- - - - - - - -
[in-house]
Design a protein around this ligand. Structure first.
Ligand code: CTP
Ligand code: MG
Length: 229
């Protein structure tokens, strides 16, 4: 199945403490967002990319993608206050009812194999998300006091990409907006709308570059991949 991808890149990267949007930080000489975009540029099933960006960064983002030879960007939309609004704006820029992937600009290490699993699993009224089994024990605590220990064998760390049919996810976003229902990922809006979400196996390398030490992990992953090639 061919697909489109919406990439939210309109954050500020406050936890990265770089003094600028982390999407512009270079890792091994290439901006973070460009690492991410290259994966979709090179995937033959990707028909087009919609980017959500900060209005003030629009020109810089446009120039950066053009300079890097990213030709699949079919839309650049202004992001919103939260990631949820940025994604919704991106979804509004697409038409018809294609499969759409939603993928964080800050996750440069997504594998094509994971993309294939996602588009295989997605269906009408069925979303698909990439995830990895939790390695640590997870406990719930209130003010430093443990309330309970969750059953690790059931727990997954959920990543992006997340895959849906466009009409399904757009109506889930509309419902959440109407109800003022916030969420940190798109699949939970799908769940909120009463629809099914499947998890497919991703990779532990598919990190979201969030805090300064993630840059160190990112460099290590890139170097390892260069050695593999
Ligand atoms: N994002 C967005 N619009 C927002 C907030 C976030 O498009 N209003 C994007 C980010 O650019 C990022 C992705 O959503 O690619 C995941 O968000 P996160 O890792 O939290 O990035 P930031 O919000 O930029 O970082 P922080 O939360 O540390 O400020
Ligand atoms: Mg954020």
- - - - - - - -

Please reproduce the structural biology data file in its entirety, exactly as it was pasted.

[in-house]
Design a protein around this ligand. Structure first.
Ligand code: CTP
Ligand code: MG
Length: 229
């Protein structure tokens, strides 16, 4: 199945403490967002990319993608206050009812194999998300006091990409907006709308570059991949 991808890149990267949007930080000489975009540029099933960006960064983002030879960007939309609004704006820029992937600009290490699993699993009224089994024990605590220990064998760390049919996810976003229902990922809006979400196996390398030490992990992953090639 061919697909489109919406990439939210309109954050500020406050936890990265770089003094600028982390999407512009270079890792091994290439901006973070460009690492991410290259994966979709090179995937033959990707028909087009919609980017959500900060209005003030629009020109810089446009120039950066053009300079890097990213030709699949079919839309650049202004992001919103939260990631949820940025994604919704991106979804509004697409038409018809294609499969759409939603993928964080800050996750440069997504594998094509994971993309294939996602588009295989997605269906009408069925979303698909990439995830990895939790390695640590997870406990719930209130003010430093443990309330309970969750059953690790059931727990997954959920990543992006997340895959849906466009009409399904757009109506889930509309419902959440109407109800003022916030969420940190798109699949939970799908769940909120009463629809099914499947998890497919991703990779532990598919990190979201969030805090300064993630840059160190990112460099290590890139170097390892260069050695593999
Ligand atoms: N994002 C967005 N619009 C927002 C907030 C976030 O498009 N209003 C994007 C980010 O650019 C990022 C992705 O959503 O690619 C995941 O968000 P996160 O890792 O939290 O990035 P930031 O919000 O930029 O970082 P922080 O939360 O540390 O400020
Ligand atoms: Mg954020």